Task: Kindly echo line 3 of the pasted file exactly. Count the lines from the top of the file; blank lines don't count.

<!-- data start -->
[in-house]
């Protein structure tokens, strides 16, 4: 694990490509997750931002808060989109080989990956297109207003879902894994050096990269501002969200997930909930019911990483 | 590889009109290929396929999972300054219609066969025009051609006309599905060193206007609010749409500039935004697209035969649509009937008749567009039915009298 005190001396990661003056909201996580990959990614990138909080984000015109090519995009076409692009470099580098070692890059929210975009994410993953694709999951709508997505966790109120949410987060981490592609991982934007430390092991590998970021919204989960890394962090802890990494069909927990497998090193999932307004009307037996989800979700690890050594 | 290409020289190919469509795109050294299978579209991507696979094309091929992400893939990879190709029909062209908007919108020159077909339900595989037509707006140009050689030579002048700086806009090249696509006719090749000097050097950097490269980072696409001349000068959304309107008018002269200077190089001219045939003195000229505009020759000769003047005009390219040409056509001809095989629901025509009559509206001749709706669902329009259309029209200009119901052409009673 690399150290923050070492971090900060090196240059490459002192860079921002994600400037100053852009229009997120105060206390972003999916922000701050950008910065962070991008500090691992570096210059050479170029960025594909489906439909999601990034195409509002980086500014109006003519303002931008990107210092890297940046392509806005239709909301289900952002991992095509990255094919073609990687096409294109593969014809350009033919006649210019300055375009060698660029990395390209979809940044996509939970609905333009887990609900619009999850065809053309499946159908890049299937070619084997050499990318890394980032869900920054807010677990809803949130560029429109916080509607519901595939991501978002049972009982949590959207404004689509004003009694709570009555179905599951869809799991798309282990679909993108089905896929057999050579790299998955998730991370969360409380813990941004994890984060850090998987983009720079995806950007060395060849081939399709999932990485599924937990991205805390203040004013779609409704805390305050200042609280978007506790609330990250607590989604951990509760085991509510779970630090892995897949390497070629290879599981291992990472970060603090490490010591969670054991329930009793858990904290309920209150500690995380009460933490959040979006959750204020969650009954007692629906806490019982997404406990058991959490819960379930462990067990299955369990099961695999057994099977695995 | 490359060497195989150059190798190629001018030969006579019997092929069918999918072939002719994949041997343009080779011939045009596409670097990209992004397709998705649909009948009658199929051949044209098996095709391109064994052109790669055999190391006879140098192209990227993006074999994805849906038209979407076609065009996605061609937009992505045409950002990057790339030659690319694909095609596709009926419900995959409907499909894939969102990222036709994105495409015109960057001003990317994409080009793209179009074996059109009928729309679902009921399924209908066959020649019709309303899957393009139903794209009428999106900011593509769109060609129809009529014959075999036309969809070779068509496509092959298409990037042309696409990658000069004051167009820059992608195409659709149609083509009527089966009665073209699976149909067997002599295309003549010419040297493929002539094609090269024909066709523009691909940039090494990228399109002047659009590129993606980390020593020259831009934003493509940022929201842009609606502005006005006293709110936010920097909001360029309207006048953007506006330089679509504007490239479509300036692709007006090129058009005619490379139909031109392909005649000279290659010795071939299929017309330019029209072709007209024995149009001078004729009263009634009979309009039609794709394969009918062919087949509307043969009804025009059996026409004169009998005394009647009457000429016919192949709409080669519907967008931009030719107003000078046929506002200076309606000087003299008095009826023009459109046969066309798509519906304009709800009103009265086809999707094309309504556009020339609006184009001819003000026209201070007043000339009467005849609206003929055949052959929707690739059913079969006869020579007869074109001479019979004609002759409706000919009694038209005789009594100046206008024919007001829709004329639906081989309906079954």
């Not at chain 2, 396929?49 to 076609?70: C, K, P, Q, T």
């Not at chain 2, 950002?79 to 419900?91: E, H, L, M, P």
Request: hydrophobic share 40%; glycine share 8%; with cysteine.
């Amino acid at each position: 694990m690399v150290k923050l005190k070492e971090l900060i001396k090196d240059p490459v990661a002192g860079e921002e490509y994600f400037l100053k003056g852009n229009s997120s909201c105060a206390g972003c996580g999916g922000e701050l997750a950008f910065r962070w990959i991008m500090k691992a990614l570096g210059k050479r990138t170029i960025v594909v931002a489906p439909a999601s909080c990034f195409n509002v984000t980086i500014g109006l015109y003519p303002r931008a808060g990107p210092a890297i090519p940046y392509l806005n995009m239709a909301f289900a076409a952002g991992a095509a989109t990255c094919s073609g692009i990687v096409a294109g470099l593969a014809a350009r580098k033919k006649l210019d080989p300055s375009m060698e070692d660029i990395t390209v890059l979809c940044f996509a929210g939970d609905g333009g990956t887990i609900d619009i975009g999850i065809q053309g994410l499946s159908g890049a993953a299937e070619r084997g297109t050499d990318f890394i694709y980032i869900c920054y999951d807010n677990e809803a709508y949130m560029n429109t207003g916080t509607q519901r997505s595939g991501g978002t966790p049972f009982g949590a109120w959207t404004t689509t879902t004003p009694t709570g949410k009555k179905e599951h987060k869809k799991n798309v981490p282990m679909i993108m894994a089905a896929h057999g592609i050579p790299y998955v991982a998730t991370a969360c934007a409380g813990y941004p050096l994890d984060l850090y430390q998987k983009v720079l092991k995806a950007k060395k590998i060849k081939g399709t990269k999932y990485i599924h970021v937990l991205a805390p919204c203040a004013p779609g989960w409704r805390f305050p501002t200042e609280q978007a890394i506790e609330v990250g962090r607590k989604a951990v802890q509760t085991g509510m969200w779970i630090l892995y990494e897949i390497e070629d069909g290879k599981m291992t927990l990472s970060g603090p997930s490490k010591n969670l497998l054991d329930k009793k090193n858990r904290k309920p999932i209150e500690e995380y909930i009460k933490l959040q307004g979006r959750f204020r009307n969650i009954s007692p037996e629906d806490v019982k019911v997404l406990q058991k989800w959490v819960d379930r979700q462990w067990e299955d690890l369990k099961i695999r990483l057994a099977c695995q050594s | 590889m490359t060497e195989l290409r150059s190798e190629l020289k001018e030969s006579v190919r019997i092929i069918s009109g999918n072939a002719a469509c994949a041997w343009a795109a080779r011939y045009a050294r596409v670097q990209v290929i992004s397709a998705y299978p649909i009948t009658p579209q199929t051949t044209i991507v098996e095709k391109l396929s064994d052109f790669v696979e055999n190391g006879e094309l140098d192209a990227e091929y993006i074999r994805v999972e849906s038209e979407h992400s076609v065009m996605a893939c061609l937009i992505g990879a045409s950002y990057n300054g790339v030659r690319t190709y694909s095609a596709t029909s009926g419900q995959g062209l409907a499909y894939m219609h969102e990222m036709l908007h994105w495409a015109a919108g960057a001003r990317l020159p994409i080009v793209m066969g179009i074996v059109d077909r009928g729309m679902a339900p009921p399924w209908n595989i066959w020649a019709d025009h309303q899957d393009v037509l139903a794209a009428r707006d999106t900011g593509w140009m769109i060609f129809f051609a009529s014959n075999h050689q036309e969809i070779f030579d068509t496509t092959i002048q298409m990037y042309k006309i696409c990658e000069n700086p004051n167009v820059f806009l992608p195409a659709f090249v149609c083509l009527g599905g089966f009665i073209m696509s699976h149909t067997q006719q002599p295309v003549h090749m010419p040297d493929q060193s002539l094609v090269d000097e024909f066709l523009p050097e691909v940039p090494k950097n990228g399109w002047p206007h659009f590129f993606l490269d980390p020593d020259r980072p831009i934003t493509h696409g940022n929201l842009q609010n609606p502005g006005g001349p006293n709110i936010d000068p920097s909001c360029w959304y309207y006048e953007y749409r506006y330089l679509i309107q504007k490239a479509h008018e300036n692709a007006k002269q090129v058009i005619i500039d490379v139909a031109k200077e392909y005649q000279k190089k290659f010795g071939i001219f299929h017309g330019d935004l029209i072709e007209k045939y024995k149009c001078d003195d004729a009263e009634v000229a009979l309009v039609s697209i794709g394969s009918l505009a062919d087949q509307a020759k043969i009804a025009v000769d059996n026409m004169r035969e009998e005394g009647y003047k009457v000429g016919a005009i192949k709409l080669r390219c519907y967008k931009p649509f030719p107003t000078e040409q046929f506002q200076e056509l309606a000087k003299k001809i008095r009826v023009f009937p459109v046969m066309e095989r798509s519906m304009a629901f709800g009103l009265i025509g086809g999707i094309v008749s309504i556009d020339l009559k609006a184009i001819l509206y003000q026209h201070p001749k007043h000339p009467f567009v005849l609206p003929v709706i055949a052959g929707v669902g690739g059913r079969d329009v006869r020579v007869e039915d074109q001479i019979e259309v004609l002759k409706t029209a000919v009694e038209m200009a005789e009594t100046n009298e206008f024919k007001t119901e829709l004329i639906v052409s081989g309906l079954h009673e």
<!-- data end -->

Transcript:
């Not at chain 2, 396929?49 to 076609?70: C, K, P, Q, T």